business face. What complicates ours is
we have people who spend a lot of time
in foreign countries, we have people who
are constantly moving via air, and we have
one of the most labor-intensive risks within
an organization: a hospital. So when you
put that all together, it creates a medley, a
“vegetable soup” mix of risks we have to be
flexible enough to manage.
When we’re talking about our hospital,
we’re looking at your standard hospital
exposures: We’re dealing with needle
sticks; we’re dealing with combative
patients; we’re dealing with back
injuries. At the university, it’s really slips
and falls and the occasional [incident]
in a laboratory where someone gets
a respiratory infection due to the
inhalation of a chemical. But they don’t
happen very often; the exposures here at
the university are very small compared
to the exposures at our medical center.
Being the head risk manager at a major university
entails a huge number of challenges. But also, I
imagine, a great deal of professional satisfaction.
What do you enjoy most about the job?
Every day I come to work and the issues
are different. The world is continually
changing, the NYU world is continually
changing, and that constant change is
But even more satisfying than that is
we can actually sit down and talk to
people and come up with a safe way
for them to accomplish what they’re
out to do. So we can have researchers
complete their investigations in a
safe manner. So a film student who
has a lot of red flags in a film can
complete his or her film and get a
good grade and go on to become a
Remember, students and faculty
don’t do what they do every day behind
a desk, whether they’re in primary
education or they’re involved in
university research or the development
of new products. We need to make sure
all of their goals can be worked toward,
and that we don’t say no. Because if
we say no, the university doesn’t get to
meet its ultimate goal of having people
excel in their chosen field. It’s very easy
to say no, and we don’t want to say no.
You’re known as a leader not only in enterprise
risk management, but also in the emerging
field of strategic risk management. What are
your latest efforts here?
From a strategic perspective, I’m talking to
the visionaries of the university in senior
management to get their ideas of where
NYU is going to be moving to in the next
three to five years. And we’re beginning to
develop the risk map for that.
And between the hospital and the fact
that you’re storing very sensitive student-education records, I imagine that Cyber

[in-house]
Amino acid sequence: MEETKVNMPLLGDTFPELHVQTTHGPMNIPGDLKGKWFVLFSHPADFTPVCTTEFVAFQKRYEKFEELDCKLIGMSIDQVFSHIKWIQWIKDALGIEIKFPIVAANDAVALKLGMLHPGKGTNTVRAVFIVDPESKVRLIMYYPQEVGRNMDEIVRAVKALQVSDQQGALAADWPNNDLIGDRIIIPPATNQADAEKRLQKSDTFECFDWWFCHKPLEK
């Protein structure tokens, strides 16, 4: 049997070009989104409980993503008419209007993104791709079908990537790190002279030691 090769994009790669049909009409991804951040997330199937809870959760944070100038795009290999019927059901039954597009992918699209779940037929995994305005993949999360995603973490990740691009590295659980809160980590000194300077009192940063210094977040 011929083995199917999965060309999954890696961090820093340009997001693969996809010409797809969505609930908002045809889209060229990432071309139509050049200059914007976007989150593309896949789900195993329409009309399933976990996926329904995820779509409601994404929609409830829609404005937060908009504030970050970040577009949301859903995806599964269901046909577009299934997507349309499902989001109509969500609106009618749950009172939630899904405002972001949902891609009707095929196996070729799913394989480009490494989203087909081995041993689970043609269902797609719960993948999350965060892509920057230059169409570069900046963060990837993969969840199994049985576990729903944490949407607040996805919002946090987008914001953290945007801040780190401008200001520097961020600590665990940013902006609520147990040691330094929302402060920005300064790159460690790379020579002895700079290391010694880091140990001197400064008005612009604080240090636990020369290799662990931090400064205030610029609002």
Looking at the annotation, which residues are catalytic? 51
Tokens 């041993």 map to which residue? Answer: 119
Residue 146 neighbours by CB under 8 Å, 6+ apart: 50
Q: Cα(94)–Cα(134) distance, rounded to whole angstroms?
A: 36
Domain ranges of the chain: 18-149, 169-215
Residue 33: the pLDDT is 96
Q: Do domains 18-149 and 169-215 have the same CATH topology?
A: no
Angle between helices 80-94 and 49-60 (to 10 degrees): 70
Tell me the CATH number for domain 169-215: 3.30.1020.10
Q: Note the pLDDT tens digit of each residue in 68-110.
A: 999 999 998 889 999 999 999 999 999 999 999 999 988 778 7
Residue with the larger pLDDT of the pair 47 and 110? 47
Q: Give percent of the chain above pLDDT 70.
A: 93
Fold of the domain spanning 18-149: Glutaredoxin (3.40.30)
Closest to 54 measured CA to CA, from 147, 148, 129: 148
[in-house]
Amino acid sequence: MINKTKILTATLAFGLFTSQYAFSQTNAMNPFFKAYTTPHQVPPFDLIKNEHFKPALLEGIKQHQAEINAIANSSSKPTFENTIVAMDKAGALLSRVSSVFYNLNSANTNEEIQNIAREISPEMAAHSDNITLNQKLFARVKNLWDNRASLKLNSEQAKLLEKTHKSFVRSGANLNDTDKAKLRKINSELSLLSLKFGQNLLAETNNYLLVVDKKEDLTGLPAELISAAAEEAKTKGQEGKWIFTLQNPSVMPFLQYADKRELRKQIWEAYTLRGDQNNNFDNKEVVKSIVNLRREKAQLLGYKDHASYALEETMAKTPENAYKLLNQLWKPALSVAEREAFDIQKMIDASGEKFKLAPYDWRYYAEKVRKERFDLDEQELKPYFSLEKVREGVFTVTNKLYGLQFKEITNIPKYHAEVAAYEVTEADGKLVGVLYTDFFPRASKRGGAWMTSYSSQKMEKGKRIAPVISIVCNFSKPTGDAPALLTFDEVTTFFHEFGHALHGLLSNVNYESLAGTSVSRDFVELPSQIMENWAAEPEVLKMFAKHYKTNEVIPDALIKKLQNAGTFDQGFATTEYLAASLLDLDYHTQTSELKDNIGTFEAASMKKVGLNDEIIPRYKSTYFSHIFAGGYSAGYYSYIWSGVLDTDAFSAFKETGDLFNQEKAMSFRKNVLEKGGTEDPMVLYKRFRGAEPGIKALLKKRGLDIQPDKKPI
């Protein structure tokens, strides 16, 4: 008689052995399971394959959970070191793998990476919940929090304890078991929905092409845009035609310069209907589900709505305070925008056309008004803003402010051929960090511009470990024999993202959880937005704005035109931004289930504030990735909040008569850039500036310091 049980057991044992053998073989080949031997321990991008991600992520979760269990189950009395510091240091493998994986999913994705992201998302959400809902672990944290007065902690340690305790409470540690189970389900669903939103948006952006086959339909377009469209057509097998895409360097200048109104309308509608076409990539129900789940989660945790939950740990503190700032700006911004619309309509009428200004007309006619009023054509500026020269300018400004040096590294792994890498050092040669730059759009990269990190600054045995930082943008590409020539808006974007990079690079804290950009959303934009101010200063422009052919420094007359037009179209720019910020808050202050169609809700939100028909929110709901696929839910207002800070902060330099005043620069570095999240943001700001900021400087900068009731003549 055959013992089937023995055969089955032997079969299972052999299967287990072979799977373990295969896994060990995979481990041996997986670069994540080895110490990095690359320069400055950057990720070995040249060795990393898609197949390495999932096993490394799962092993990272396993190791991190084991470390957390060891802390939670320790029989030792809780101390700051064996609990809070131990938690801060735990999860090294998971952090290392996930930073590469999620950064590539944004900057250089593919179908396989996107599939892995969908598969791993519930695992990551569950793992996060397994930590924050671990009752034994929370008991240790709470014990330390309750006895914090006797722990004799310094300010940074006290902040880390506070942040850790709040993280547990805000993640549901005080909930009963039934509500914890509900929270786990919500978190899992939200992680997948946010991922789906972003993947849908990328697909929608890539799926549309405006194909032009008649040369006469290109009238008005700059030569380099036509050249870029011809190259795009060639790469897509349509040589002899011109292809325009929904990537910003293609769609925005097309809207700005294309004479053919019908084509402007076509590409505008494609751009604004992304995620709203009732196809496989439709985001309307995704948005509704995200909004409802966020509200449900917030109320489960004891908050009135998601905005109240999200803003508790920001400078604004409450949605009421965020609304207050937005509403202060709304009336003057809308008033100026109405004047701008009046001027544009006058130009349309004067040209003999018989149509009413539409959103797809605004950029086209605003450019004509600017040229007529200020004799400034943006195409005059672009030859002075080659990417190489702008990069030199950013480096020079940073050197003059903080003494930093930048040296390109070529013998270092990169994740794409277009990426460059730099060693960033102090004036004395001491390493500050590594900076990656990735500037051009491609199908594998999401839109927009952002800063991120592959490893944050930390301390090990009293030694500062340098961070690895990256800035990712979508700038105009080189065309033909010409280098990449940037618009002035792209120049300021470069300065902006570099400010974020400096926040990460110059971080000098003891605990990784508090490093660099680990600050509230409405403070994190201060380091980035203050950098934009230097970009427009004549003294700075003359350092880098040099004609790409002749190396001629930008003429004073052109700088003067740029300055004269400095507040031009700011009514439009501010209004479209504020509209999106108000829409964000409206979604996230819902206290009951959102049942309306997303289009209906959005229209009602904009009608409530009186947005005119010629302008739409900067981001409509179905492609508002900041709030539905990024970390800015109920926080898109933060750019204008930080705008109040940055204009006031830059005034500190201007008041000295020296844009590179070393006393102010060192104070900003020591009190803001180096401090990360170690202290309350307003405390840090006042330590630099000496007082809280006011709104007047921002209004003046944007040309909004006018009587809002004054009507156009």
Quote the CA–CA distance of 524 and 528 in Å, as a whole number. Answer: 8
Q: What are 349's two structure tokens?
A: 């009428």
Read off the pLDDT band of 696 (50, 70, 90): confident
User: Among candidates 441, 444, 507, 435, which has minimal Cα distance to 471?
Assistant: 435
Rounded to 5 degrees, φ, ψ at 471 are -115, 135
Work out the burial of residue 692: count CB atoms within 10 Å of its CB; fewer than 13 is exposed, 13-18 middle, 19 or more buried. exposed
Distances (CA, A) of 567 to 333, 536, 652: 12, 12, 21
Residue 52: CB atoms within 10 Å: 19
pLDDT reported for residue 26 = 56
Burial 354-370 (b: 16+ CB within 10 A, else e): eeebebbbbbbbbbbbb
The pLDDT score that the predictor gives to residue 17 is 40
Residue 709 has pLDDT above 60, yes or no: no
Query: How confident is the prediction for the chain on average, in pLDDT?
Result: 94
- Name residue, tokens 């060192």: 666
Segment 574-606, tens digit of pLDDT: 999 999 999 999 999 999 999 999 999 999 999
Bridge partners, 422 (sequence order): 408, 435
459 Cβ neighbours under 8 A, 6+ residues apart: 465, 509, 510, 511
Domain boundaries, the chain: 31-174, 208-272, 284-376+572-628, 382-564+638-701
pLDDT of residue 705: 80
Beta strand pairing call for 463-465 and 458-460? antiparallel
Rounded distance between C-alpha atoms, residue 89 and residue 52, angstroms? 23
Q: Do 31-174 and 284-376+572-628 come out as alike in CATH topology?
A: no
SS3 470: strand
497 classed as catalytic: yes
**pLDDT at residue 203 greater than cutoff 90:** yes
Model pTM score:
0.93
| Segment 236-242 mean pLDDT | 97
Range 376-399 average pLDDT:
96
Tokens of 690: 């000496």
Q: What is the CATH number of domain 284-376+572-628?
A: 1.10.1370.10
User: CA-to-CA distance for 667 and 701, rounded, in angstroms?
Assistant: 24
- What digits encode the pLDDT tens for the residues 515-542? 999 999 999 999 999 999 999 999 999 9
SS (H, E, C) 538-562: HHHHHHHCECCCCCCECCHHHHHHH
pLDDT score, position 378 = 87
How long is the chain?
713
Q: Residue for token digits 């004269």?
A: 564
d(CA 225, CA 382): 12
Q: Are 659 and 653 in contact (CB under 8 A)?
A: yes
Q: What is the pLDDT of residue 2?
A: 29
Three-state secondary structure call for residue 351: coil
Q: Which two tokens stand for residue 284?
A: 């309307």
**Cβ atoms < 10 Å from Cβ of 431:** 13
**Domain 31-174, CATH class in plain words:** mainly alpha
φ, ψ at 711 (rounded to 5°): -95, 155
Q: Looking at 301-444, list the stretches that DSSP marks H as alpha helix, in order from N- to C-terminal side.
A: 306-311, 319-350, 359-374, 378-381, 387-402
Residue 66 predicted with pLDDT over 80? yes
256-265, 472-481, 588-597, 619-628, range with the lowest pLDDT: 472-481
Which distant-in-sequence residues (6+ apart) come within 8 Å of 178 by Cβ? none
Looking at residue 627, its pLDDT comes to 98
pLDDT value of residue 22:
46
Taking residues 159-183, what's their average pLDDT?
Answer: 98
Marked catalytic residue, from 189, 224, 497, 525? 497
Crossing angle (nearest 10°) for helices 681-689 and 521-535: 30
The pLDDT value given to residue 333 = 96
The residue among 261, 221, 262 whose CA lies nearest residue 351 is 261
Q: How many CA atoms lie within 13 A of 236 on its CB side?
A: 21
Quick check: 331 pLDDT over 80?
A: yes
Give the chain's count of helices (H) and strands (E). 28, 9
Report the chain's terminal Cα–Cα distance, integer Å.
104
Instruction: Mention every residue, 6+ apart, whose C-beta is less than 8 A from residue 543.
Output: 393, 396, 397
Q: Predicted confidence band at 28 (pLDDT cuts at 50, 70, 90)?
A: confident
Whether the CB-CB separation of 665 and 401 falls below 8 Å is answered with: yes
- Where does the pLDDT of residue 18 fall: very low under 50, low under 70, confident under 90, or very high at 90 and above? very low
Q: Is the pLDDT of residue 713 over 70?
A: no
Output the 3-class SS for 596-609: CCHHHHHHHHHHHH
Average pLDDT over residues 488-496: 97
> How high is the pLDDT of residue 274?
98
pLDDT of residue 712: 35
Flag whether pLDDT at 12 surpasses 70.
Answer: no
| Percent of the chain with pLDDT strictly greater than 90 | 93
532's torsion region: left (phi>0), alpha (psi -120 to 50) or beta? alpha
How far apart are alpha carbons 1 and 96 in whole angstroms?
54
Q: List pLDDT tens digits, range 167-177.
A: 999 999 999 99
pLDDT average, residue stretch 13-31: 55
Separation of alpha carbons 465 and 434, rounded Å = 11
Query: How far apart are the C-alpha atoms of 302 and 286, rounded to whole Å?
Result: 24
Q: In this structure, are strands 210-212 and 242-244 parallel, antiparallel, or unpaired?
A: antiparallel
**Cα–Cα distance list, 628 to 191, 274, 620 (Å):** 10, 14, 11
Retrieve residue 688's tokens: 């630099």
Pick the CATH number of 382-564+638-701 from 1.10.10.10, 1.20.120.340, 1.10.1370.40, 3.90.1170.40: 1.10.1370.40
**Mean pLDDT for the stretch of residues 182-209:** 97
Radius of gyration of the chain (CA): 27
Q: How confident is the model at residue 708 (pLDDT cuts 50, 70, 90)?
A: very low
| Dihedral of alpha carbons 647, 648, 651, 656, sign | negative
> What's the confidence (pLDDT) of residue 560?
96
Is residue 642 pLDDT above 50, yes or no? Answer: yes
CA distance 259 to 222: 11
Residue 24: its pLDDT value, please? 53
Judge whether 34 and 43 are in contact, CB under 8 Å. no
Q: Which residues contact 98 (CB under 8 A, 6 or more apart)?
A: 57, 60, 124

Liability is a growing concern for you?
Cyber Liability is a huge concern for the
university because we are maintaining
not only student records, which contain
their grades, but we have personal
information such as checking account
numbers, Social Security numbers,
addresses, names of parents.
And likewise we have HIPAA-protected information both here at
Washington Square in our student-health
facility and up at our medical center. So
maintaining all of those medical records
and the confidentiality of the records
that are protected under HIPAA from
a cyber attack is a great concern to the
We routinely employ organizations to
come and hack our systems, and we look at
the vulnerability of those reports and work
very quickly to ensure that people aren’t
able to hack our systems.
The other big Cyber exposure is
the proliferation of smartphones and
laptop computers where people take
this information and are now mobile.
We are moving toward an encryption
methodology for all those devices. The
medical center is already there.
“I’m talking to the visionaries of the university in
senior management to get their ideas of where NYU is
going to be moving to in the next three to five years.
And we’re beginning to develop the risk map for that.”
Our faculty and staff around the globe
are really starting to actively embrace
enterprise risk management. It’s a change-management process getting people to
alter the way they think, to change the
way they operate and to get them to
understand that risk management is
really not about insurance—it’s about
everything that brings risk to the
university. And our job is to be proactive,
to be out there every day preaching the
virtues of risk management and to move
our enterprise program forward.
My senior managers ask me how long
it takes to get the enterprise-risk program
to maturity. And my stock answer is the
program never matures because we continue
to move forward, and the risks continue to
evolve. New risks come on; the old risks get
mitigated and become part of the normal
business operations of the organization.
What about educating the next generation
of risk managers? What’s the best advice you
could give to someone who’s just starting out
in the RM field?
I’ll make this a really easy answer: Jump in
feet first, get yourself wet, and get immersed
in all aspects of an organization’s operations.
Learn it from the ground up, meaning learn
the risk-transfer piece and continually build
from there. Learn the claims, learn the
underwriting, look at the enterprise-risk-management program. Understand how
your organization works internally. What
are its current goals? Future goals?
And continue to build your education.
Networking and education is invaluable
from a risk-management perspective.
The world is continually changing; our
profession is continually changing. In order
for us to stay relevant as risk managers, we
need to continue to change and morph as
the world and our organizations change. NU